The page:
Swimming World November 2021 Presents – Perhaps Overlooked…But Not Forgotten: 6 Hall of Famers Who Hold A Special Place In History

Swimming World November 2021 - Perhaps Overlooked But Not Forgotten - 6 Hall of Famers Who Hold A Special Place In History - Duke Kahanamoku
Duke Kahanamoku [Photo Courtesy: International Swimming Hall of Fame]

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Perhaps Overlooked…But Not Forgotten: 6 Hall of Famers Who Hold A Special Place In History

By John Lohn

How could they be forgotten? Or overlooked? It doesn’t make sense, not with their credentials and the success they managed during their illustrious careers. Yet, there is a routine state in sports for some athletes—as elite as they might have been—to find themselves overshadowed by the exploits of others… or victims of the passage of time.

Don’t be mistaken. Diehard fans are going to know these names, and they might be able to specifically identify their achievements. Even a well-versed follower of the sport, though, might not have the appropriate acknowledgment for where these individuals rank on a historical basis.

As the Bible of the Sport, Swimming World places significant emphasis on history, and providing its readership with an appreciation for those who paved the way for the current generation of stars. So, as we creep closer to signing off on this Olympic year, we offer a look at six athletes—all members of the International Swimming Hall of Fame—who hold a special place in history, even if they are not always at the forefront of the mind.

DUKE KAHANAMOKU, UNITED STATES
Guys like Hungary’s Alfred Hajos, American Charlie Daniels and Great Britain’s Henry Taylor came before him, but Duke Kahanamoku can be considered the first global star of swimming. The Hawaiian-born sprinter captured back-to-back Olympic titles in the 100 meter freestyle, but with a caveat. His crowns arrived in 1912 and 1920, the 1916 Games wiped out by World War I.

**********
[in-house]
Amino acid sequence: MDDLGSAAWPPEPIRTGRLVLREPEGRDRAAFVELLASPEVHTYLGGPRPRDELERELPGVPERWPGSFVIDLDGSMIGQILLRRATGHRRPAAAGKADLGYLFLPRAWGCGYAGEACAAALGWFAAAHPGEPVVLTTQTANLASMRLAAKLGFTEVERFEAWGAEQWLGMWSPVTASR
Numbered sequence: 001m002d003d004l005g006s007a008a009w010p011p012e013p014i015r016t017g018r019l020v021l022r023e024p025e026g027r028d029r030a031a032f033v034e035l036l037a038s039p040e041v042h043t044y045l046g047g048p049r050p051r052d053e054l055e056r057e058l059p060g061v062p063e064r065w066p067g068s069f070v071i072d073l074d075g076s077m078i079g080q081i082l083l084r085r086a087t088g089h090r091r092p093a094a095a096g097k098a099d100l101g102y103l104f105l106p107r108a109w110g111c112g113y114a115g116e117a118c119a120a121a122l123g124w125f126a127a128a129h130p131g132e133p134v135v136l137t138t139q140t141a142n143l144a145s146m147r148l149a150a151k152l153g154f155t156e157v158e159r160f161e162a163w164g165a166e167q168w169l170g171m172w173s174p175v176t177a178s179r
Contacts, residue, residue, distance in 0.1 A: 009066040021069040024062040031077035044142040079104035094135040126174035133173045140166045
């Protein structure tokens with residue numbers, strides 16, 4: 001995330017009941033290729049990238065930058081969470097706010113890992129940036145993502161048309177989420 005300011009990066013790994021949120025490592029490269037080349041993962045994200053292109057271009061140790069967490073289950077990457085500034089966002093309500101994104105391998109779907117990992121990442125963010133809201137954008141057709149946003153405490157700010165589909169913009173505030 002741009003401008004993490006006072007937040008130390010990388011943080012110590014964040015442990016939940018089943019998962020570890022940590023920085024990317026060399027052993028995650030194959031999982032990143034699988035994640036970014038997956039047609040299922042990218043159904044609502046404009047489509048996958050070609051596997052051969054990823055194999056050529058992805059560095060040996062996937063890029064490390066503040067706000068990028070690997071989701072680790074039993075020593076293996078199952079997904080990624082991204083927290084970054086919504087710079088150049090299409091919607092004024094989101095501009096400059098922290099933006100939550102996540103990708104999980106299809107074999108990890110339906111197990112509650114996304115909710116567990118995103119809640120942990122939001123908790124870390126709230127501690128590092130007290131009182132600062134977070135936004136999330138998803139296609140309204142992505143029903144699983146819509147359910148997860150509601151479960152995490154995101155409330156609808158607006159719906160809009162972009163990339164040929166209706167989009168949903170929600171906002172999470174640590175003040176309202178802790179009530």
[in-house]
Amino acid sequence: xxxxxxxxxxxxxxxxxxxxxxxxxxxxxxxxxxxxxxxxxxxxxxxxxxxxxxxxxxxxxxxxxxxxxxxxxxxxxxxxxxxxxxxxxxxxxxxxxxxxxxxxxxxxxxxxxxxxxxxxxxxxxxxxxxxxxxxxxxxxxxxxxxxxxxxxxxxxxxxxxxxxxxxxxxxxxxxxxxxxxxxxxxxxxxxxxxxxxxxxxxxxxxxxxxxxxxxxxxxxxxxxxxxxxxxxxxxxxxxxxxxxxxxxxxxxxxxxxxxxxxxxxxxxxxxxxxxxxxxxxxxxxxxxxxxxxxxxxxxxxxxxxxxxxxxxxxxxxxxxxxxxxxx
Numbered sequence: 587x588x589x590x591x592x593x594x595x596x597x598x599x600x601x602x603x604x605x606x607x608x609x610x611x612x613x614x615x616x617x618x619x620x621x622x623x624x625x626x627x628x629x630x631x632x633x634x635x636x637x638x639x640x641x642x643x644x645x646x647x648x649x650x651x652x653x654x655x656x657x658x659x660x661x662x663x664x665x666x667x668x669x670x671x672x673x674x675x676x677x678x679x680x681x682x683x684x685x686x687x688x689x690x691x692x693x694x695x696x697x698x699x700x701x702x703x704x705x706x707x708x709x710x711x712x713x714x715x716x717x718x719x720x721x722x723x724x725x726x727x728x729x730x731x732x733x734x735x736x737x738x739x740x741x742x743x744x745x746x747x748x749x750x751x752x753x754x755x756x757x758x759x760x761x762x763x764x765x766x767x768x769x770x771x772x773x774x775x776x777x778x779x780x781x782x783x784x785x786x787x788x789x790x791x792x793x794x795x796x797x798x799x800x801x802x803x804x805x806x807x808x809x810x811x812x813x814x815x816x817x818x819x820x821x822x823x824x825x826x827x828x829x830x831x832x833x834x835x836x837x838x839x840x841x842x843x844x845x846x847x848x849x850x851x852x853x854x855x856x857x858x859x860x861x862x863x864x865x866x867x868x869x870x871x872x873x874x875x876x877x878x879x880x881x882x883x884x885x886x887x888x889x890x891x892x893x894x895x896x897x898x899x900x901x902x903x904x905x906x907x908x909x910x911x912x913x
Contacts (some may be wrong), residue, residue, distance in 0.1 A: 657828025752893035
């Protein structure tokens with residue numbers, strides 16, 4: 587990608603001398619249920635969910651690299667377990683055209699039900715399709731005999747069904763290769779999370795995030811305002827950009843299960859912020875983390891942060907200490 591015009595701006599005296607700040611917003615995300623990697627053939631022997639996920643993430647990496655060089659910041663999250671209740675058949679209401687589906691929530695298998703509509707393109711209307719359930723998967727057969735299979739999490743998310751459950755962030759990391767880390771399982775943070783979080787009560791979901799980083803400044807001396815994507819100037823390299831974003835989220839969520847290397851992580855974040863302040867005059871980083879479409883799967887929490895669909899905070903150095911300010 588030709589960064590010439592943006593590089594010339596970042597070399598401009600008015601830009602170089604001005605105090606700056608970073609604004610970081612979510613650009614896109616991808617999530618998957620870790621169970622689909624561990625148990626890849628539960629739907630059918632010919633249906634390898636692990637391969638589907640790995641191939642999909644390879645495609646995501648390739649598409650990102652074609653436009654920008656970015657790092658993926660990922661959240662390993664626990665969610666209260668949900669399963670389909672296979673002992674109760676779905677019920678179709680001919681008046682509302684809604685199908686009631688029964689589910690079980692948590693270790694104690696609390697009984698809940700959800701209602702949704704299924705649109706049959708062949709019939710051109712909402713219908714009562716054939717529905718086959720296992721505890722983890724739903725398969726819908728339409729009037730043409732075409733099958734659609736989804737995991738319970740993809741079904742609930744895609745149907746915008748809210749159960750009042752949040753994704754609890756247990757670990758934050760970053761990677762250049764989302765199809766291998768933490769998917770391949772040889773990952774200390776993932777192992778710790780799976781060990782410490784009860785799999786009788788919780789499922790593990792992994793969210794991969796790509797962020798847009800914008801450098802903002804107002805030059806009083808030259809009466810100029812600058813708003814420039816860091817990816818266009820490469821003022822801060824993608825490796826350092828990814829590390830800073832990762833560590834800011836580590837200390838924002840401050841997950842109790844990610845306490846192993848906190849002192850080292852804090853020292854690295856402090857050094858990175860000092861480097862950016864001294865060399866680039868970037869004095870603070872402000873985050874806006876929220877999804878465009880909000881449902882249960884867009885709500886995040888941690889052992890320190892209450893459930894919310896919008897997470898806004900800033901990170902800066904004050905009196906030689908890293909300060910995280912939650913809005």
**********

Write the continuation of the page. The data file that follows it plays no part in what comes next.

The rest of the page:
Had international conflict not emerged, Kahanamoku would have been the overwhelming favorite for the 100 free title in 1916 and could have been the first swimmer to win an event at three consecutive Olympiads. Instead, a three-peat was not registered until 1964, when Australian Dawn Fraser won her third straight gold medal in the 100 freestyle.

For good measure, Kahanamoku secured a silver medal in his prime event at the 1924 Olympics, where Johnny Weissmuller captured gold and became swimming’s headliner. Really, it was the emergence of Weissmuller that largely left Kahanamoku as a secondary figure of the sport’s early days. The positive for Kahanamoku is the fact that he excelled in a second sport and was known worldwide as the Father of Surfing.

“Long before Michael Phelps and Mark Spitz splashed into the pool, Duke Kahanamoku emerged from the backwaters of Waikiki to become America’s first superstar swimmer,” wrote David Davis in his biography of Kahanamoku, Waterman: The Life and Times of Duke Kahanamoku. “The original ‘human fish’ won Olympic gold medals, set dozens of world records and topped the world rankings for more than a decade.”

MURRAY ROSE, AUSTRALIA
To Australians, who revere their distance stars, Murray Rose is a household name that is adored. But Rose, especially on the global scale and to the non-hardcore fan, is one of those athletes who doesn’t receive proper recognition. In part, that short stick can be connected to the rich tradition of distance swimming in the Land Down Under, and the more recent greatness—with enhanced media attention—of Kieren Perkins and Grant Hackett.

At the 1956 Olympic Games in Melbourne, a 17-year-old enjoyed a breakout competition, as he won the 400 freestyle and 1500 freestyle and was a member of the victorious 800 freestyle relay. At a time when Australia had experienced a dropoff from its previous success, Rose proved to be a spark for the future, and a rekindling of Aussie excellence.

Rose moved to the United States after the 1956 Games and enrolled at the University of Southern California, where he led the Trojans in NCAA action. In his next Olympic foray, at the 1960 Games in Rome, Rose repeated as champion in the 400 freestyle and was the silver medalist in the 1500 free, defeated by fellow Aussie John Konrads. A world record setter in the 400 freestyle, 800 freestyle and 1500 freestyle, Rose defined distance swimming.

“Murray Rose was certainly one of the greatest of all-time,” Konrads said after Rose’s 2012 death. “There’s Mark Spitz in the sprints and so on and Michael Phelps, but they’re short-distance swimmers in the professional era. I think taking into consideration the amateur era, Murray was the greatest of all-time.”

SHIRLEY BABASHOFF, UNITED STATES
Which approach should we take when analyzing the career of Shirley Babashoff? Should we appreciate what she accomplished? Or should we assess what could have been? Truthfully, a combination of those vantage points is what is necessary with Babashoff, who can be argued as the most-affected athlete by the East German systematic-doping program that was in operation from the early 1970s through the late 1980s.